Historical performance results for investment indices, benchmarks, and/or categories have been provided for general informational/comparison purposes only, and generally do not reflect the deduction of transaction and/or custodial charges, the deduction of an investment management fee, nor the impact of taxes, the incurrence of which would have the effect of decreasing historical performance results.  It should not be assumed that your MFT account holdings correspond directly to any comparative indices or categories. Please Also Note: (1) performance results do not reflect the impact of taxes; (2) comparative benchmarks/indices may be more or less volatile than your MFT accounts; and, (3) a description of each comparative benchmark/index is available upon request.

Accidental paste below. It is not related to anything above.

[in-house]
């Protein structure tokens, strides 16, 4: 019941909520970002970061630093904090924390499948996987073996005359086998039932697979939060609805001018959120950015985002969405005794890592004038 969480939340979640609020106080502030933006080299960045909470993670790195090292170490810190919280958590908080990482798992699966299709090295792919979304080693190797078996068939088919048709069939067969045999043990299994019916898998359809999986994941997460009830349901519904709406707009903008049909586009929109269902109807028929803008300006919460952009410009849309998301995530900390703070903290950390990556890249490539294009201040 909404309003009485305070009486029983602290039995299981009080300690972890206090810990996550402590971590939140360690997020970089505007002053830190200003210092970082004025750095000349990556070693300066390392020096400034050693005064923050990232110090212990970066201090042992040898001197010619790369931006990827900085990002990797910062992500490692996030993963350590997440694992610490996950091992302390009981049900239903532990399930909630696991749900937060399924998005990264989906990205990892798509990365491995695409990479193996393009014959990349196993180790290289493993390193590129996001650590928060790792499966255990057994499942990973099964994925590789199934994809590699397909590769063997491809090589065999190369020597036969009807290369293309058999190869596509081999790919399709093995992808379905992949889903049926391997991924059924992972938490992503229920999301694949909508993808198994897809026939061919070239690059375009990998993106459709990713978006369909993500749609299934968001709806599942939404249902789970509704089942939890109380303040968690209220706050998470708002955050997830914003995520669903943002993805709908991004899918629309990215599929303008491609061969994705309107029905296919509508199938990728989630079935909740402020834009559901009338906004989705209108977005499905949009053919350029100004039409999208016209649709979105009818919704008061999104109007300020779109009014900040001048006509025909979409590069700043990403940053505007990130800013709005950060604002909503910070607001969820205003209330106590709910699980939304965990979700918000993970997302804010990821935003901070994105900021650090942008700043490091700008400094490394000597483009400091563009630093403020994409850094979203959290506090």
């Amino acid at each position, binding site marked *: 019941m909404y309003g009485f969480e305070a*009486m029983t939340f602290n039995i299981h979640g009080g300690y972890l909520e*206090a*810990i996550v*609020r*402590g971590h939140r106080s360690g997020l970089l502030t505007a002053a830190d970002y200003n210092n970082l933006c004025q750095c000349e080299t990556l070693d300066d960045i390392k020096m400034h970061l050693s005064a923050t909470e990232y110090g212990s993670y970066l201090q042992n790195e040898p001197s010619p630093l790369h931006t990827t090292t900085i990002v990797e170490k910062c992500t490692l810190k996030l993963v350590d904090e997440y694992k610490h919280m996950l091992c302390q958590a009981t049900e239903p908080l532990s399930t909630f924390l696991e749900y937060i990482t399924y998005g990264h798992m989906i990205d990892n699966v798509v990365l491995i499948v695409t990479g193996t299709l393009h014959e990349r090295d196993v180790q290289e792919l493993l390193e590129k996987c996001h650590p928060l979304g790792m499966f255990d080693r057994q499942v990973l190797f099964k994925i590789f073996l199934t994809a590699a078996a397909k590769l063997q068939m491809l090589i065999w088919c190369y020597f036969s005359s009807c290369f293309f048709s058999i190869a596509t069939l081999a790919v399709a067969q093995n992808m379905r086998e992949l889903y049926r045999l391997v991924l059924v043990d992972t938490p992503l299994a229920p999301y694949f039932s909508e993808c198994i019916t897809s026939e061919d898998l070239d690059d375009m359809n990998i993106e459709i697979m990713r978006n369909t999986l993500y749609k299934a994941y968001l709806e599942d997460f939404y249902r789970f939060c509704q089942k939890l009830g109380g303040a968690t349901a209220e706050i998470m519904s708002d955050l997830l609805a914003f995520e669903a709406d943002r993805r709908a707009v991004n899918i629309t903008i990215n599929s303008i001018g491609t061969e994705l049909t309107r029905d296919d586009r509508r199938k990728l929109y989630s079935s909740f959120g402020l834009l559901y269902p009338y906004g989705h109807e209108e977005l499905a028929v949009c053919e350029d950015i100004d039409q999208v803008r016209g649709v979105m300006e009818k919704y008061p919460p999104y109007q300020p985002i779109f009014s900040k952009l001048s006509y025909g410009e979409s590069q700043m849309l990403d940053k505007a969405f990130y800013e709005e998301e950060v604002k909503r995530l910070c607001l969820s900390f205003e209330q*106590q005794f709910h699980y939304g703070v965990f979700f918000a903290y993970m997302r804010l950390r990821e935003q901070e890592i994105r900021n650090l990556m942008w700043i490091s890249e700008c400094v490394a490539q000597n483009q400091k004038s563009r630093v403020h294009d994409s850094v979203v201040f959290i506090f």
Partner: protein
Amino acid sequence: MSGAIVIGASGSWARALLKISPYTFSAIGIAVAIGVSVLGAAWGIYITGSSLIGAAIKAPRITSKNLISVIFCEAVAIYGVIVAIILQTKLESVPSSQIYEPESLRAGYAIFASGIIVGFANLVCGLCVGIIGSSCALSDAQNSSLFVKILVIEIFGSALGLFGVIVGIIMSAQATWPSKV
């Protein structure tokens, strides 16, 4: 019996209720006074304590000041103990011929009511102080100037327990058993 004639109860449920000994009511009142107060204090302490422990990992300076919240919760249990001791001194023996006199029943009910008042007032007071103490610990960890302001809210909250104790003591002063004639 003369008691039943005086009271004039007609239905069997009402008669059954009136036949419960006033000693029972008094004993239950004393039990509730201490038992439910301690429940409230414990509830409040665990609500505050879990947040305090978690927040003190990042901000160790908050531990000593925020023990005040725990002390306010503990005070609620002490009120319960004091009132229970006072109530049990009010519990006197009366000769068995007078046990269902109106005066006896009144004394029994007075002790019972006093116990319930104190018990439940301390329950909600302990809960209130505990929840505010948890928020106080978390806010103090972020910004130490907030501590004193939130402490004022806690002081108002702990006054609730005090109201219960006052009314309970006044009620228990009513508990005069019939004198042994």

About Dan Moisand

Dan Moisand is a fee-only financial advisor with Moisand Fitzgerald Tamayo, LLC. He is a regular contributor for multiple outlets, including Florida Today, MarketWatch, and The Wall Street Journal. His writing and financial advice have also been featured in Financial Planning, Investment Advisor, Wealth Manager/Advising Boomers, Forbes, Smart Money, and The New York Times, among other publications. He is the only two-time winner of the Journal of Financial Planning’s “Call for Papers” competition and has been named a top financial planner and advisor by multiple publications. Investment News named Dan one of the “twenty most influential men and women” in the history of financial planning. He currently serves on the Board of Directors for the CFP (Certified Financial Planner) Board.


As a Sanctuary From The Noise®, we only post information we believe timely and important to the long term financial success of our clients. Follow us to receive emails - no more than once a month - about new posts.

We keep your information private and make stopping our emails as easy as starting them.

Something went wrong. Please check your entries and try again.